Friday, December 22, 2006

Hip-Hop through the Eyes of a Child

"I want to hear rap music."

That's what my 8 year old daughter told me yesterday as we were driving back home from the stores.

I didn't have my Tribe Called Quest CD with me or anything else of worth, so if I was to play rap music for her it would have to come from the radio. As a dad, I wasn't all too sure about the content the latest "hit" song would spew into her brains. It's not just the expletives or the massacre of the English language, but everything else that hip-hop today seems to represent (womanizing, materialism... you know what I mean).

Because she is so young, I was curious as to how she would describe rap music. So, I just asked her, "What is rap music?"

This was her response: "You know... when there's a guy singing, kind of; and he has a silver tooth and a gold tooth..."

Does anyone else think that is hilarious and sad at the same time?

Is anyone else turned off by the prevalent images in hip-hop culture?

To keep in step with other fellow bloggers making lists of their favorite hip-hop artists (click the link above), here is a short list of my favorite hip-hop artists. These aren't "the greatest", but rather artists who are or have been innovators in hip-hop. These are artists that I wouldn't mind listening to some day on a road trip with my daughter. Because of these groups, I love hip-hop.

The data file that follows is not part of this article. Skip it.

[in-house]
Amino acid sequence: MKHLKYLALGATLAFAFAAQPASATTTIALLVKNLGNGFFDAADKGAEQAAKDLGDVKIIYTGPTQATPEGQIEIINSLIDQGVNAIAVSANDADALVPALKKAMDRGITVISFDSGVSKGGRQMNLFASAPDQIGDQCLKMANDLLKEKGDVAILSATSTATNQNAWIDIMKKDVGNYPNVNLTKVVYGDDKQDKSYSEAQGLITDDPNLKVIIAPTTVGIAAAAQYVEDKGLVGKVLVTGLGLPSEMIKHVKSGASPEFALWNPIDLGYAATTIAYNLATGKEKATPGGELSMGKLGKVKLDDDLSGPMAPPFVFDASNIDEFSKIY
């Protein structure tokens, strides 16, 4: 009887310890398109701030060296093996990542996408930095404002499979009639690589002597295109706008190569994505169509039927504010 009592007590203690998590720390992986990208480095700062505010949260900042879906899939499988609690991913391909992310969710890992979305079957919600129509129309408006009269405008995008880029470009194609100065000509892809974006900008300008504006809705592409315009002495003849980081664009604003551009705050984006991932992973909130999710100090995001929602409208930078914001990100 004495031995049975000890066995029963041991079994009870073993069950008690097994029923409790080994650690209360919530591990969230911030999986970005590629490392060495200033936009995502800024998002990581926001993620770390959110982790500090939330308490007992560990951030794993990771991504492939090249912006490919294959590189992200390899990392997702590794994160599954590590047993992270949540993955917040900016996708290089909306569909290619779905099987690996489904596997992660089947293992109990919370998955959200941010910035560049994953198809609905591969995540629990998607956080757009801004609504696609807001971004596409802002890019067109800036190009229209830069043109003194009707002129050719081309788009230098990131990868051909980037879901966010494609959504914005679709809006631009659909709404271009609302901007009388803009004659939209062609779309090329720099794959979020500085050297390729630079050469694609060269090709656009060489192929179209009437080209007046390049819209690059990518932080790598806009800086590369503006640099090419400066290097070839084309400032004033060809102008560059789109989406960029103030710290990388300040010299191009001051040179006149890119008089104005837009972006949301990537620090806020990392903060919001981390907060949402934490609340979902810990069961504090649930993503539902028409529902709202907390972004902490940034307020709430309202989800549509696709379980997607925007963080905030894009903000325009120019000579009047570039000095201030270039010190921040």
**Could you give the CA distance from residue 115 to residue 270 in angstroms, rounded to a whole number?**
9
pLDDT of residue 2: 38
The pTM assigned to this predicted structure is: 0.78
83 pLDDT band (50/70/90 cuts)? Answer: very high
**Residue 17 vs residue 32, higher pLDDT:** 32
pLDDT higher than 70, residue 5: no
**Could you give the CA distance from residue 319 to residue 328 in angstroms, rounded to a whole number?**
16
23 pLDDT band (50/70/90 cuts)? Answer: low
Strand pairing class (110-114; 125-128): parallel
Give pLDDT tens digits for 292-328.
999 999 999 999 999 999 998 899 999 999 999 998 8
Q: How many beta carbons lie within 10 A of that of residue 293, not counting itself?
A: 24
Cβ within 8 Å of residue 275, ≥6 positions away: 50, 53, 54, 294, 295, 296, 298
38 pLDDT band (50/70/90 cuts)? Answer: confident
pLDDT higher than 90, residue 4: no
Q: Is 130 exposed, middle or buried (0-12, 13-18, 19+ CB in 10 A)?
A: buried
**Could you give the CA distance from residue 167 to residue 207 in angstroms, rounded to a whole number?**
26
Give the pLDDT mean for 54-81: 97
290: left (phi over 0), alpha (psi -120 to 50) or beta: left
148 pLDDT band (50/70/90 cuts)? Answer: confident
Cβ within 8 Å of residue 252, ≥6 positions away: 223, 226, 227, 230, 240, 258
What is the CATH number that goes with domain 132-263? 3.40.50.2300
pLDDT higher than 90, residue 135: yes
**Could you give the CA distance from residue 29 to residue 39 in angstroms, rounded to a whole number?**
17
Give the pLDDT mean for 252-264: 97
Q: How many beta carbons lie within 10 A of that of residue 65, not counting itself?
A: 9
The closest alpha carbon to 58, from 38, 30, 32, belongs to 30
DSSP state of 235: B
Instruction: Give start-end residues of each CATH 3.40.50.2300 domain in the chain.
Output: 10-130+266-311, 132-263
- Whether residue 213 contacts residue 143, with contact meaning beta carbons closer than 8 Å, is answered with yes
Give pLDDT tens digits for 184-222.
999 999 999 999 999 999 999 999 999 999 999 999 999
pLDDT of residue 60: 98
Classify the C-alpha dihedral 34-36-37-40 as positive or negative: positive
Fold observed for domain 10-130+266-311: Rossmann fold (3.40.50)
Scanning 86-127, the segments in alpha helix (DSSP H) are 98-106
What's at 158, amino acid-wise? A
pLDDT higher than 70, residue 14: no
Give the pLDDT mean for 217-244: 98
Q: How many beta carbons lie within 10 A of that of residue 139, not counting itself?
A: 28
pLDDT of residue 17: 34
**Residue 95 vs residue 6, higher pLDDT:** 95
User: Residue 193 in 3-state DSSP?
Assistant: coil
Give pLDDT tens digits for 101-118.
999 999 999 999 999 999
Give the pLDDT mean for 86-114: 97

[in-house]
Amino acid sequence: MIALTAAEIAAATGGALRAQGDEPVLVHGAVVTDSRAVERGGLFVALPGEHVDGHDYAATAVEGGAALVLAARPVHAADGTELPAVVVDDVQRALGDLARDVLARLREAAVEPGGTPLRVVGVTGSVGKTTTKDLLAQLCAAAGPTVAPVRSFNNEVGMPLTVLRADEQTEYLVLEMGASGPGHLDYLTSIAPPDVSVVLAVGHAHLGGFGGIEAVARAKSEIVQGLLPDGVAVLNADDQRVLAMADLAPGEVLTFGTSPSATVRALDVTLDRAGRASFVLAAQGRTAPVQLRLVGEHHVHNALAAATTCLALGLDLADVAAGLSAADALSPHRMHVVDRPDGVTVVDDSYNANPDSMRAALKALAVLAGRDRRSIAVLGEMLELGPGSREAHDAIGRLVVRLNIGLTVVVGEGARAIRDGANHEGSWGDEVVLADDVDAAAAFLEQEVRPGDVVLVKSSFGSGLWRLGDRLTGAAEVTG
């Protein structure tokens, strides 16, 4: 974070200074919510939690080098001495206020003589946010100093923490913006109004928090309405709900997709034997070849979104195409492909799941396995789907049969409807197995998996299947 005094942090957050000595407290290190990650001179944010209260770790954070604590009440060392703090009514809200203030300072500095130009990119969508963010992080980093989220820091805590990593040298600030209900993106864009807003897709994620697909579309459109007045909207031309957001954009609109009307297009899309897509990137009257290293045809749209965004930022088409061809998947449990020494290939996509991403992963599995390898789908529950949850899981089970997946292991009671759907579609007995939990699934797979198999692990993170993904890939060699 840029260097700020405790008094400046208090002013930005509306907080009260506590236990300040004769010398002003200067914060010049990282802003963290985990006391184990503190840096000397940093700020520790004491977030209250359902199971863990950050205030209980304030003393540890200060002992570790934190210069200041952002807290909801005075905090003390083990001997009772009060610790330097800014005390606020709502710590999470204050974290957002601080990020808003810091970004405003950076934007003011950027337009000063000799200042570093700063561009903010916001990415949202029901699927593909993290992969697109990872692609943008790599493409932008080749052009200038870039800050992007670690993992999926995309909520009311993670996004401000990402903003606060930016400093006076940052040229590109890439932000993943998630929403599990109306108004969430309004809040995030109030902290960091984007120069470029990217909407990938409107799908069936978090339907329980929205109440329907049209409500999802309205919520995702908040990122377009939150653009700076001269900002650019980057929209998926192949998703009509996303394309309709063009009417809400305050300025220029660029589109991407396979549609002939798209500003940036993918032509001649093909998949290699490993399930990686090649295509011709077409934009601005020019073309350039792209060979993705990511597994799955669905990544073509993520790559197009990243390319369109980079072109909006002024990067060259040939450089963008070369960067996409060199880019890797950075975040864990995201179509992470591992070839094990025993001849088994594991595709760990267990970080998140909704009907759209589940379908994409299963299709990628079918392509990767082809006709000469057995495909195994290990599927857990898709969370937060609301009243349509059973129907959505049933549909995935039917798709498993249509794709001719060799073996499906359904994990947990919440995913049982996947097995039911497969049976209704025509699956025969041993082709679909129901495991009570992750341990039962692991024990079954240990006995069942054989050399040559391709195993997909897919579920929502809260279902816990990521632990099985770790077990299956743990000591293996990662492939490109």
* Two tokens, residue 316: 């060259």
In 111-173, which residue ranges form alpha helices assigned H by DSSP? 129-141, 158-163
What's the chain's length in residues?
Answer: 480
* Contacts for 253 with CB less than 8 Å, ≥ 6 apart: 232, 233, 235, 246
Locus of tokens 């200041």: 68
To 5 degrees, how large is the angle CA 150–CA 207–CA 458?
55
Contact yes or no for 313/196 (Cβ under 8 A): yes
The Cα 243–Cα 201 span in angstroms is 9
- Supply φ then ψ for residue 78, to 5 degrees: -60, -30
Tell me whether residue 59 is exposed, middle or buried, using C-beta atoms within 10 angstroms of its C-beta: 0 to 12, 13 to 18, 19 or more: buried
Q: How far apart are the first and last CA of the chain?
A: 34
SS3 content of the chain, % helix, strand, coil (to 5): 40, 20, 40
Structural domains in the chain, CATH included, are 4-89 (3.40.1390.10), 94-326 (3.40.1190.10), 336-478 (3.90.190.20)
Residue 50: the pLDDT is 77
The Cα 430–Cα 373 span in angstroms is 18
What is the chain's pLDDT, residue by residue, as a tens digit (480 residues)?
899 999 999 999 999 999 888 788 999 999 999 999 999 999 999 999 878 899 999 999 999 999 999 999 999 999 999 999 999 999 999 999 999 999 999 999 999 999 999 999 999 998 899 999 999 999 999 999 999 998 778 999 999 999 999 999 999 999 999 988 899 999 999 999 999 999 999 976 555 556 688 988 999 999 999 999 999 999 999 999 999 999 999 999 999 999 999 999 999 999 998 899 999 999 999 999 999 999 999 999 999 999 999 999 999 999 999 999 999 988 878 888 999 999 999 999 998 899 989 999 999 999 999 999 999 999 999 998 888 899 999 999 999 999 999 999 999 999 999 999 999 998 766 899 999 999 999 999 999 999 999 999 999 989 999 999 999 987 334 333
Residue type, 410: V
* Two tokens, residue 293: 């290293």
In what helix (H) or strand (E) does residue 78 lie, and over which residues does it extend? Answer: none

1) Public Enemy - still my favorite. They head-lined the only major hip-hop concert I ever attended. I still have the red T-shirt with the guy in the cross-hairs.

2) Eric B. and Rakim - First hip-hop crew to implement Hebraic/Middle-Eastern pop music by sampling Ofra Haza.

3) De La Soul - The Flower Children of hip-hop. "Say No Go" still one of my favorite all time tunes.

4) Tribe Called Quest - Jazz influence phenomenal. Smartest lyrics I've ever heard.

5) Jurassic 5 - One of the few LA groups I can actually listen to. The only reason these guys aren't mainstream successes is their obvious lack of "bling". Grassroots hip-hop at it's best.

There are more artists I could add to the list (i.e. Brainwash Projects, Pharcyde, Run DMC- goes without saying, the Beasties, Nas, The Roots, etc...) but the point, as clearly illustrated by my daughter, is that today image supercedes art. This is true in everything, but especially in hip-hop.


Rick Hunter said...

Thanks for the shout-out. Good call on A Tribe Called Quest. "I left my wallet in El Segundo" is classic.

Anonymous said...

~ Actually Markin, you were my original "INSPIRACION" for making my TopConcert List, when you wrote your top Christian song list! It was like Nouwen to Manning, Lewis to Tolkien, Batman to Robin...etc.
My only concern is: where did you leave 'Vanilla Ice' :-(


Anonymous said...

HEY!!! WHERE'S MIAMI'S OWN "PIT-BULL"? Cuban's pride & joy!